The first step to kayaking the L.A. River, and perhaps the toughest, is finding it. Rory Carroll, a reporter for The Guardian, took on that challenge, eventually meeting up with the intrepid group LA River Expeditions to navigate the concrete channel. This is the group’s inaugural season on the river, and George Wolfe, the founder of LA River Expeditions, hopes that the kayak tours are the first step to changing the community’s perception of the river. “We have to start thinking in new ways, and using words differently. If you call it a sewer ditch you treat it like a sewer ditch. Call it a river and you treat it like a river,” Wolfe says.
Archive for August, 2012
Someone, probably a shut-in, on the editorial board of the Deseret News in Salt Lake City is upset that Utah can’t frack for gas the way North Dakota can because of the Obama administration’s canceling of some 77 oil and gas leases on federal lands with “the stroke of a pen,” etc., etc. Mitt Romney, the paper says, has a much better plan that would “pioneer” new policies at the local level on the eastern side of the state. Funny, because just a few weeks ago, the New York Times had a rather detailed account by Eric Lipton of how the regional office of the federal Bureau of Land Management conducts oversight of the energy industry in eastern Utah as if it were basically an ongoing giveaway to energy companies.
Great news from the state of Governor Chris Christie: Someone in his administration called the artist Athena Tacha to let her know the state will save her sculpture Green Acres at the state’s Department of Environmental Protection in Trenton. The state had said in April it would demolish the work.
NASA released these rather shocking satellite images of the polar ice caps this week. According to its scientists and researchers at the National Snow and Ice Data Center, the area of the arctic ice sheet fell to a record low on Sunday. And it is expected to continue to retreat over the next few weeks.
The extent of the arctic ice sheet grows during the winter and shrinks during the summer. The first photo above shows the total extent of the ice sheet’s retreat in the summer of 1979. The second shows its retreat so far this summer. The orange line shows the average minimum ice cover from 1979 to 2010.
According to NASA, the seasonal minimum area of the arctic ice sheet has gotten 13 percent smaller each decade for the past three decades.
It’s like New Year’s Day here at LAM as we roll out the fantastic slate of winners of the 2012 ASLA Awards—the student awards, the professional awards, and the Landmark Award, plus the medals and other honors ASLA presents each year. It’s no wonder that landscape architects are taking over the world when you consider the problems the world faces—they pretty much all involve land, water, and air, and some of the most intriguing, challenging, and surprising solutions are to be found right here, created by the most inventive minds in the business. No spoilers—you’ll have to go through them yourself to learn who won, but this month’s issue is FREE online (click on the cover to the right). To all. Forever. Dig in!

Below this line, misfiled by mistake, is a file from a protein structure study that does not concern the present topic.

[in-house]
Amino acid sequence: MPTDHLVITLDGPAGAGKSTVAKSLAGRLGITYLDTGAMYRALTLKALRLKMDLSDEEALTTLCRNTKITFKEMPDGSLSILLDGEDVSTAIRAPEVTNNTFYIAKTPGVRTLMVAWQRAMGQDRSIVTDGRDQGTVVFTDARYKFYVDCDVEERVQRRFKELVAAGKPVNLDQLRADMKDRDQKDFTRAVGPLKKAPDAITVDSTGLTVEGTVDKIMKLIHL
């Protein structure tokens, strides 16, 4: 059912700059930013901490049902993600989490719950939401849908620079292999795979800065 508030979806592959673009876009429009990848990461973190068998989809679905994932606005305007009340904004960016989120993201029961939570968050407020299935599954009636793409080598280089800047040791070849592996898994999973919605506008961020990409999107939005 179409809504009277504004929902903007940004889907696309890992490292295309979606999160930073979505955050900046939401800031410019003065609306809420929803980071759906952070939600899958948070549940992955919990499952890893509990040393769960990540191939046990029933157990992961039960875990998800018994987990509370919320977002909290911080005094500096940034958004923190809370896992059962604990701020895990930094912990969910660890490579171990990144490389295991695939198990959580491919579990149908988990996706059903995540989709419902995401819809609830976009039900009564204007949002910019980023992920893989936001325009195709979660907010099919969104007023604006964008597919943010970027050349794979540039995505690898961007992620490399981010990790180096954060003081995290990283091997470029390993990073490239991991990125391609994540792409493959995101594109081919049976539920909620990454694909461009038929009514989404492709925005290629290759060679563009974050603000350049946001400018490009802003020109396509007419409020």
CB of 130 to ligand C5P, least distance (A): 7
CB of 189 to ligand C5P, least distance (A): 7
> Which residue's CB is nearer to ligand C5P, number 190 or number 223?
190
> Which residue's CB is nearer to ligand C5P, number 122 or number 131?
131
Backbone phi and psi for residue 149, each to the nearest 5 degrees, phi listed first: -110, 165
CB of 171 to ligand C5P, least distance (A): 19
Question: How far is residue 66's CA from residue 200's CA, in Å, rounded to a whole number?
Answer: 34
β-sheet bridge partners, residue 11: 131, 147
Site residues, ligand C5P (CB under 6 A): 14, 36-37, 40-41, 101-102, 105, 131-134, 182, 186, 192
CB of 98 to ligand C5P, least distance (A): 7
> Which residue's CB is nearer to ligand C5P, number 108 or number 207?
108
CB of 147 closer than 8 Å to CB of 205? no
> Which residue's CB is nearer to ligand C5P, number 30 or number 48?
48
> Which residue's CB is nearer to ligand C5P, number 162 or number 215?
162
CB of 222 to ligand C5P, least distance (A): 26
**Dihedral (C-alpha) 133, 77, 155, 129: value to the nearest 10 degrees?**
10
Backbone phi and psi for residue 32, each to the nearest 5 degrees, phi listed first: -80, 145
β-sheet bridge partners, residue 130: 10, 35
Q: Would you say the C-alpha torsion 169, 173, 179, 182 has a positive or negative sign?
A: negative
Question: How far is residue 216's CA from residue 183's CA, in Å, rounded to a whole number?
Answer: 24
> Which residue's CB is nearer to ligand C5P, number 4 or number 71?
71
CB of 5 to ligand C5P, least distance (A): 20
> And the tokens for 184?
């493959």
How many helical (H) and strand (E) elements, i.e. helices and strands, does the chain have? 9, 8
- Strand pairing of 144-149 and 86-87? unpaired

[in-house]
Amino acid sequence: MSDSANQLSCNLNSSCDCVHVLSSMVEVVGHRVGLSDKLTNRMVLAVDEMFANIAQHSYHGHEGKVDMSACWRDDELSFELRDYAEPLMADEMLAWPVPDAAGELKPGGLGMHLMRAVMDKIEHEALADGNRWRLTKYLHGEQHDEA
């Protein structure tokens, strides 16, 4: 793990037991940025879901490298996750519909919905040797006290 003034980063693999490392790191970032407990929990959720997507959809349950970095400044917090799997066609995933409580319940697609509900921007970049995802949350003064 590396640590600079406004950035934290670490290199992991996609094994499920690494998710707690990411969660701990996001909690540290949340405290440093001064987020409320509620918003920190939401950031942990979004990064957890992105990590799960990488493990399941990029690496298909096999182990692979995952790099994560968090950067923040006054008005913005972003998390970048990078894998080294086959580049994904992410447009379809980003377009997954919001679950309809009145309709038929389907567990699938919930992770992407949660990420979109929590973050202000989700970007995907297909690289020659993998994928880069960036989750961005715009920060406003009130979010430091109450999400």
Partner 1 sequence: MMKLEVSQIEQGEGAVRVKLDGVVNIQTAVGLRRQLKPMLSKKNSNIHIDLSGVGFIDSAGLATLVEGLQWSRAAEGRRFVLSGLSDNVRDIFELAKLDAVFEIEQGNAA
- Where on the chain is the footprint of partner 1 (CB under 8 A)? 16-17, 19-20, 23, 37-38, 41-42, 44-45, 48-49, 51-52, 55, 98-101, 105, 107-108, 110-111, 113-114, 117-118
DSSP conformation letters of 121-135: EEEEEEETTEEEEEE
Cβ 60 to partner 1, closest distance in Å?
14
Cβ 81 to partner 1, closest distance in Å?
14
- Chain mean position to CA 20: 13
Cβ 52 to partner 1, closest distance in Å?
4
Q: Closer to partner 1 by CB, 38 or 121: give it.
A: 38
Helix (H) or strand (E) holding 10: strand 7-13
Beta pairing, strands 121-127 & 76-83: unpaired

The aerial landscape images of the Iraq-born artist Jananne Al-Ani hover above strange desert sites devoid of people but obviously disturbed by them. Al-Ani describes having become obsessed with such places, from such perspectives, during the first Gulf War in the early 1990s, when modern, instantaneous imaging by the military and the news media described the lands of the Middle East, contested though they were, as blank, depopulated expanses. The writings of Paul Virilio in his book War & Cinema: The Logistics of Perception reinforced her fascination with the high-tech ability to see everything and nothing at once. For Shadow Sites: Recent Work by Jananne Al-Ani, a new installation of her landscape images at the Arthur M. Sackler Gallery in Washington, D.C., the artist flew in a small airplane, with a camera attached to the wing, over vast and bleak territories in the Middle East to search out strange patterns on the ground. In one montage that lasts several minutes, The Aesthetics of Disappearance, the camera seems to drift down slowly toward figures on the ground that are clearly ruins (though of unknown vintage) and others that are farms or spent orchards. Yet others are less clear, such as a ribbed stretch of land that looks like corduroy (possibly trenches she describes as having been dug by Ottomans for the Germans), and one image, called Aerial I, that presents a set of W-shaped armatures on the ground.
Al-Ani gives almost no clues. Just at the moment a site might disclose its identity, the frame dissolves into the next; some of the pictures have no bearings at all. The exhibition begins with a series of panoramic photos taken by the German archaeologist Ernst Herzfeld on excavation journeys in the early 20th century to Persepolis, Samarra, and Ctesiphon in Iraq and Iran. Al-Ani was shown the Herzfeld archive at the Sackler, where it is kept, and in this 21-minute video on Vimeo, she describes the effect of Herzfeld’s photos on her work and explains why she troubles herself with taking aerial photographs of her own rather than relying on readily available satellite photos. The show at the Sackler runs to February 10. For more information, visit the Sackler’s web site.
The various passions of the musician, designer (and onetime Rhode Island School of Design student), cyclist, and public intellectual David Byrne have all come together yet again in a new series of bicycle racks at the Brooklyn Academy of Music. Byrne has designed bike racks before; for this latest round, based on letterforms, John Dugan of Design Bureau has the story.